Title
A head with a suckermouth: a functional-morphological study of the head of the suckermouth armoured catfish **Ancistrus** cf. **triradiatus** (Loricariidae, Siluriformes) A head with a suckermouth: a functional-morphological study of the head of the suckermouth armoured catfish **Ancistrus** cf. **triradiatus** (Loricariidae, Siluriformes)
Author
Faculty/Department
Faculty of Sciences. Biology
Publication type
article
Publication
Brussel ,
Subject
Biology
Source (journal)
Belgian journal of zoology. - Brussel
Volume/pages
137(2007) :1 , p. 47-66
ISSN
0777-6276
ISI
000247461500007
Carrier
E
Target language
English (eng)
Affiliation
University of Antwerp
Abstract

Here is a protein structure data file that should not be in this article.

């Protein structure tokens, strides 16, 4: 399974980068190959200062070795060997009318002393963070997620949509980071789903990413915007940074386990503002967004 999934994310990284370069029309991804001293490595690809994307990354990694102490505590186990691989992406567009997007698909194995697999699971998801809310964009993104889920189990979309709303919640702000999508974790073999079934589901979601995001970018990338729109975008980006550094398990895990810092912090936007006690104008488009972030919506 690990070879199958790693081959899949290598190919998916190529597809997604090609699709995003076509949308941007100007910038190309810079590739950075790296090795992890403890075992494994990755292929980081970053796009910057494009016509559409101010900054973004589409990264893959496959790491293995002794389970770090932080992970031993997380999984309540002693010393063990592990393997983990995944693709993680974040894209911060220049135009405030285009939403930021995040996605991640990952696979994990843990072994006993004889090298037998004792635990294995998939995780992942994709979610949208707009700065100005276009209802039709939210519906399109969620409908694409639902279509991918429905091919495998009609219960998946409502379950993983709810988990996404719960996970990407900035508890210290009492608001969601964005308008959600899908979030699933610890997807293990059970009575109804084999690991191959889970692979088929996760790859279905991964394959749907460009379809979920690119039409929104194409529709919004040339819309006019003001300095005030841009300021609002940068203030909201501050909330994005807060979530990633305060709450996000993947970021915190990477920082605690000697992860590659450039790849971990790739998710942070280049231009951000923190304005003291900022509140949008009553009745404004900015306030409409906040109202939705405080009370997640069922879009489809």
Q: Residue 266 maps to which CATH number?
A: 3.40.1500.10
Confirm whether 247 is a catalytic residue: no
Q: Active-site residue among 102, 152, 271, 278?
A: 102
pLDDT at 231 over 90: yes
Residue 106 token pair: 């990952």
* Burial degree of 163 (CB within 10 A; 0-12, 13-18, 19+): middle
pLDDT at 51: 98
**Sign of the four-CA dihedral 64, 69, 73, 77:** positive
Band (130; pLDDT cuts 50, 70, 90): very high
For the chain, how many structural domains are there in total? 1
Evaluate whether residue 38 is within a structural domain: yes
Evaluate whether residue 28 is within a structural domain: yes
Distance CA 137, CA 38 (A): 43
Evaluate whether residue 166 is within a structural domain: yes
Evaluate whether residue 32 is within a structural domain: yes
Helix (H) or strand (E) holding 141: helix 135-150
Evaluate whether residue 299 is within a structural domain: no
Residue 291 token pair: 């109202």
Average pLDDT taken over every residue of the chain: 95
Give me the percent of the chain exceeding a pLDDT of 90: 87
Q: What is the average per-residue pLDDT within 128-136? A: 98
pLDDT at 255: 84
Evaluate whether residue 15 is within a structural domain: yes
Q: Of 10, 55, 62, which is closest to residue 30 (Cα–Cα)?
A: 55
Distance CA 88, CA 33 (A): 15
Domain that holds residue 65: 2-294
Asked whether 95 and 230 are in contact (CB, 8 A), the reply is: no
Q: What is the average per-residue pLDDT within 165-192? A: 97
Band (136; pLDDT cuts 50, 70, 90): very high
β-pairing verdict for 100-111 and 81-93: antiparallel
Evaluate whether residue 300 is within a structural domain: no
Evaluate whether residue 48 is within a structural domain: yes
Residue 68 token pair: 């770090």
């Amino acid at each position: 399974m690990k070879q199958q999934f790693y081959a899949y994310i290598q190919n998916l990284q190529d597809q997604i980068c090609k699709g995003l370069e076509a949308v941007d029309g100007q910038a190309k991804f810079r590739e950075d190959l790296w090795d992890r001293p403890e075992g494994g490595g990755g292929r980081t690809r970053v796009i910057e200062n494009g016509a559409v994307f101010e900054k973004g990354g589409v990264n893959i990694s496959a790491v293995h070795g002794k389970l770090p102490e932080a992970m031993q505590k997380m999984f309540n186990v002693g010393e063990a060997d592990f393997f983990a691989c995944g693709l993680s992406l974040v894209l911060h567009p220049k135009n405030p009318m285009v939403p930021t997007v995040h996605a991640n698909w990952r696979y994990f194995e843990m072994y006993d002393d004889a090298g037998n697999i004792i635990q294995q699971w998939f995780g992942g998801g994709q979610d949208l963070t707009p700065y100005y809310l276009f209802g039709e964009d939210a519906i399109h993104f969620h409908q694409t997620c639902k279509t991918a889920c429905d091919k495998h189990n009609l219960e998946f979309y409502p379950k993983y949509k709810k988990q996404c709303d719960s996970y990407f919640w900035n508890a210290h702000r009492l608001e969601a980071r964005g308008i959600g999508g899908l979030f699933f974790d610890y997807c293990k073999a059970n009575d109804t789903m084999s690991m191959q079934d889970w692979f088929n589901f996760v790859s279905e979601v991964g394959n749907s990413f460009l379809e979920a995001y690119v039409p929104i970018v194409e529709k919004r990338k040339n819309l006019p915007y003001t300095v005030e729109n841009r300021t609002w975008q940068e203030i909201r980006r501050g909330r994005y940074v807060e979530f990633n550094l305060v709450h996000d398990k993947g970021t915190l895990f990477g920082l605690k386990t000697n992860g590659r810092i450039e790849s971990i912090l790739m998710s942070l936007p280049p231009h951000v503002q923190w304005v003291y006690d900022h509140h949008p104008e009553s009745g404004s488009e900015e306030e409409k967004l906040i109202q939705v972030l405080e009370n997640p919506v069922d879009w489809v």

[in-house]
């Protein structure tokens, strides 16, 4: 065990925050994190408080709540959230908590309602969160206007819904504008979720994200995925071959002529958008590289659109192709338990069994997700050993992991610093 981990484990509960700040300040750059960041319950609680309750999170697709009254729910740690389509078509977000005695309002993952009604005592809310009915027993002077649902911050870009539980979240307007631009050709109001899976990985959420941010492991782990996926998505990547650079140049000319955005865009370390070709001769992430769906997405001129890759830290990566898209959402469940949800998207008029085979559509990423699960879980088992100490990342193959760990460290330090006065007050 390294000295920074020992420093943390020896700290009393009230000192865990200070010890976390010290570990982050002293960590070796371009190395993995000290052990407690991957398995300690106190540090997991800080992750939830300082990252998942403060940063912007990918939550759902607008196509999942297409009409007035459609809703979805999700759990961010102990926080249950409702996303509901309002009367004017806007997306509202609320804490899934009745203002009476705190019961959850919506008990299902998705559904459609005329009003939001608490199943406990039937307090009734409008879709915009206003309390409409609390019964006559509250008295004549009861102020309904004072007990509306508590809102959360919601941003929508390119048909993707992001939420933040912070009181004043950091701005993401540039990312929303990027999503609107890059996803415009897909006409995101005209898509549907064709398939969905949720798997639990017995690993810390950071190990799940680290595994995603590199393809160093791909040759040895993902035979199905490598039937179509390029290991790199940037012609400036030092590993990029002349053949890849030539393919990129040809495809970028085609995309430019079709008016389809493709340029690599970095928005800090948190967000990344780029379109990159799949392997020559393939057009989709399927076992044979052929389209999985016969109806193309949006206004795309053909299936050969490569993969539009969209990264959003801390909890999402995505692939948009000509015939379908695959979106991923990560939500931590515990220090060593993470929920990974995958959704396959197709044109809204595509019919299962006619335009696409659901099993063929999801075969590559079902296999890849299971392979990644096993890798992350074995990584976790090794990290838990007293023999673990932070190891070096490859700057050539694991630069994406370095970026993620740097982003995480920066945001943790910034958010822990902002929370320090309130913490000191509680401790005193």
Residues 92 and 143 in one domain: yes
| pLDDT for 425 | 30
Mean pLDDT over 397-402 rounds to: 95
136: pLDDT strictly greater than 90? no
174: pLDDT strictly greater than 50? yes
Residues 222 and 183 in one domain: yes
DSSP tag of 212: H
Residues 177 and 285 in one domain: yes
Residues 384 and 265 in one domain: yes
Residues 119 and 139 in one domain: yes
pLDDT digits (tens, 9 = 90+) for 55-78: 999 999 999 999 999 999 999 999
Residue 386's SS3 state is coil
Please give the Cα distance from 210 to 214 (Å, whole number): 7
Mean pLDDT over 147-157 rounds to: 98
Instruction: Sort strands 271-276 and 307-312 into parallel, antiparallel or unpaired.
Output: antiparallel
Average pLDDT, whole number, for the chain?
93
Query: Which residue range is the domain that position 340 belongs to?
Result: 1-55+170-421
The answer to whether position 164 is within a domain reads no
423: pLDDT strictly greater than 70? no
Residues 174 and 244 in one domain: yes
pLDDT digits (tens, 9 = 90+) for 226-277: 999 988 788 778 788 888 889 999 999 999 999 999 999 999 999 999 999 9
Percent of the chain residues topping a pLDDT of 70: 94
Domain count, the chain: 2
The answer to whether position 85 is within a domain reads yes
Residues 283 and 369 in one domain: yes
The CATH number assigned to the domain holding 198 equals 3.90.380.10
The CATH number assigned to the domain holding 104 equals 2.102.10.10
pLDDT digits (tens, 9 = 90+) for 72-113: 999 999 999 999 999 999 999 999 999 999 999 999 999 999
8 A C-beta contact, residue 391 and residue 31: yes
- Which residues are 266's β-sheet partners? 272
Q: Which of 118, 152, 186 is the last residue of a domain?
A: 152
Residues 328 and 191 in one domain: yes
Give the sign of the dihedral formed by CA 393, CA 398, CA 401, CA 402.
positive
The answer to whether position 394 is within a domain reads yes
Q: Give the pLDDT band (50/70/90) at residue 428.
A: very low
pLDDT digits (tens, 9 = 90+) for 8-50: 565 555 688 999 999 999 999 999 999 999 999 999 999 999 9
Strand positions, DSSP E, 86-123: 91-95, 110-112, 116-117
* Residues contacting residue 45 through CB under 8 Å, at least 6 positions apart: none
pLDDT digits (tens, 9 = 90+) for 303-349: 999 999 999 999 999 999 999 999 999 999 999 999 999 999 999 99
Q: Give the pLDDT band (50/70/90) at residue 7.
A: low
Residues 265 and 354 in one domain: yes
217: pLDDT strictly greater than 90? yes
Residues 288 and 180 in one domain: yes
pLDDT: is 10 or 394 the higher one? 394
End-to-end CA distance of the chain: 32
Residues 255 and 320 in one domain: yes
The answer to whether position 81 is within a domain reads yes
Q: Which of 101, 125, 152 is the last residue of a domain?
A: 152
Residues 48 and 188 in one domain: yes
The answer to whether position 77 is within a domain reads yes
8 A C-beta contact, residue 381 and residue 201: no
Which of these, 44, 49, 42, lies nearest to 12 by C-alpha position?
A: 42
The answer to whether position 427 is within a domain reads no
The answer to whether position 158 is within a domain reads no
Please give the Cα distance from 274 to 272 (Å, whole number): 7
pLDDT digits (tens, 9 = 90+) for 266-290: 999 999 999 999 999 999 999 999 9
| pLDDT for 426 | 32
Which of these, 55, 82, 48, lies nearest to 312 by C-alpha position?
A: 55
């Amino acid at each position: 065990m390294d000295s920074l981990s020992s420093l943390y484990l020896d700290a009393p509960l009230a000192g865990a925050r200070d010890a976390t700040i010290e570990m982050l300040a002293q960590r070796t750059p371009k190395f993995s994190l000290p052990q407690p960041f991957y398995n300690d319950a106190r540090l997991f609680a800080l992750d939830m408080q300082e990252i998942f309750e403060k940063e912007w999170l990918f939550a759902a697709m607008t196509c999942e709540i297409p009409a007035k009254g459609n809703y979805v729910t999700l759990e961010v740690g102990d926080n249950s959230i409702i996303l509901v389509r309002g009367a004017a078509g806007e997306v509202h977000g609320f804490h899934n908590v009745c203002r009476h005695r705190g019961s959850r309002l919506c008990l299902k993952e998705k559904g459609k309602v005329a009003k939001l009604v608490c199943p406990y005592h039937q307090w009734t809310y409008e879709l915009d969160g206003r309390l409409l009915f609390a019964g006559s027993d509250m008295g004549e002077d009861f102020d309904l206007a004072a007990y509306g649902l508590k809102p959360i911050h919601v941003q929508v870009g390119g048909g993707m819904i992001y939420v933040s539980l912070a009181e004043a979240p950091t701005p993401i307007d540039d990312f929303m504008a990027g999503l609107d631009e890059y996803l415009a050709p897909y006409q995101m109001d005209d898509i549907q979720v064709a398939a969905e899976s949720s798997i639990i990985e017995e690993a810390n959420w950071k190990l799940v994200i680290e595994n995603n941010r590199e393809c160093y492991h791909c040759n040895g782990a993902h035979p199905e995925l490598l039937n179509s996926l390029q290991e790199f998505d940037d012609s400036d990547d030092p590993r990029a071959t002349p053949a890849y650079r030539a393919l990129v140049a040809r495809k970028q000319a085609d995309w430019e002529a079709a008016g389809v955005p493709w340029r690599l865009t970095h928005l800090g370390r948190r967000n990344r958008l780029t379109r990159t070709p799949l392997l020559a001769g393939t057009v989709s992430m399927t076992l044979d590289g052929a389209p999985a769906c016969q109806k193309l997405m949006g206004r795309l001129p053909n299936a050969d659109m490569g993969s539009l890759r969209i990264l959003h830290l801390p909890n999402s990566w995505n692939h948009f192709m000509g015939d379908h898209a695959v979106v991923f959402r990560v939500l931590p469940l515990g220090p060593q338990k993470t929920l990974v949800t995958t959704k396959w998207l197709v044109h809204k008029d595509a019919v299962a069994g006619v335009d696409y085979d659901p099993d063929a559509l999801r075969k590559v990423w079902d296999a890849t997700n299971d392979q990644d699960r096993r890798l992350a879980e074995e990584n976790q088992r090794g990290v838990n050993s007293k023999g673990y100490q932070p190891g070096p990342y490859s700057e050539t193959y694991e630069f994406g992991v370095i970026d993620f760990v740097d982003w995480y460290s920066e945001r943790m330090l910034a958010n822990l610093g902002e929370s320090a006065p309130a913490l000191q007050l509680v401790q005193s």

The neotropical loricariid catfishes are highly specialized for adhering to substrates, and can continue breathing and even scrape food from these surfaces while using the mouth for suction. A detailed study integrating bones, muscles and ligaments was performed on Ancistrus cf. triradiatus, using cleared and stained specimens, dissections and manipulations on fresh specimens, serial sections, and histological examination of key tissues. A limited kinematic study using high-speed video was performed as well. The suspensorium is a rather rigid structure; the hyoid is more movable and associated muscles are more substantial; it appears to be more important in the buccal pump system. The transverse orientation of the hyohyoideus abductor suggests it cant open the branchiostegal membrane. This movement might be passive. Apart from divisions inserting on the lower and upper jaws, a medial adductor mandibulae division, the retractor veli, inserts on the oral valve. The retractor tentaculi1 and the lateral part of the completely subdivided extensor tentaculi move the maxillary barbel, a structure that allows controlled inspiration preventing failing of the suction system. Rotational movements of the lower and upper jaws result in scraping the substrate. Antagonistic muscles for the adductor mandibulae divisions inserting on the lower and upper jaws might be a part of the protractor hyoidei and the medial part of the extensor tentaculi. The lower jaws are most mobile, not being linked to the hyoid arch medially. A medial cartilage plug acts as a supporting and gliding device for the lower jaws.
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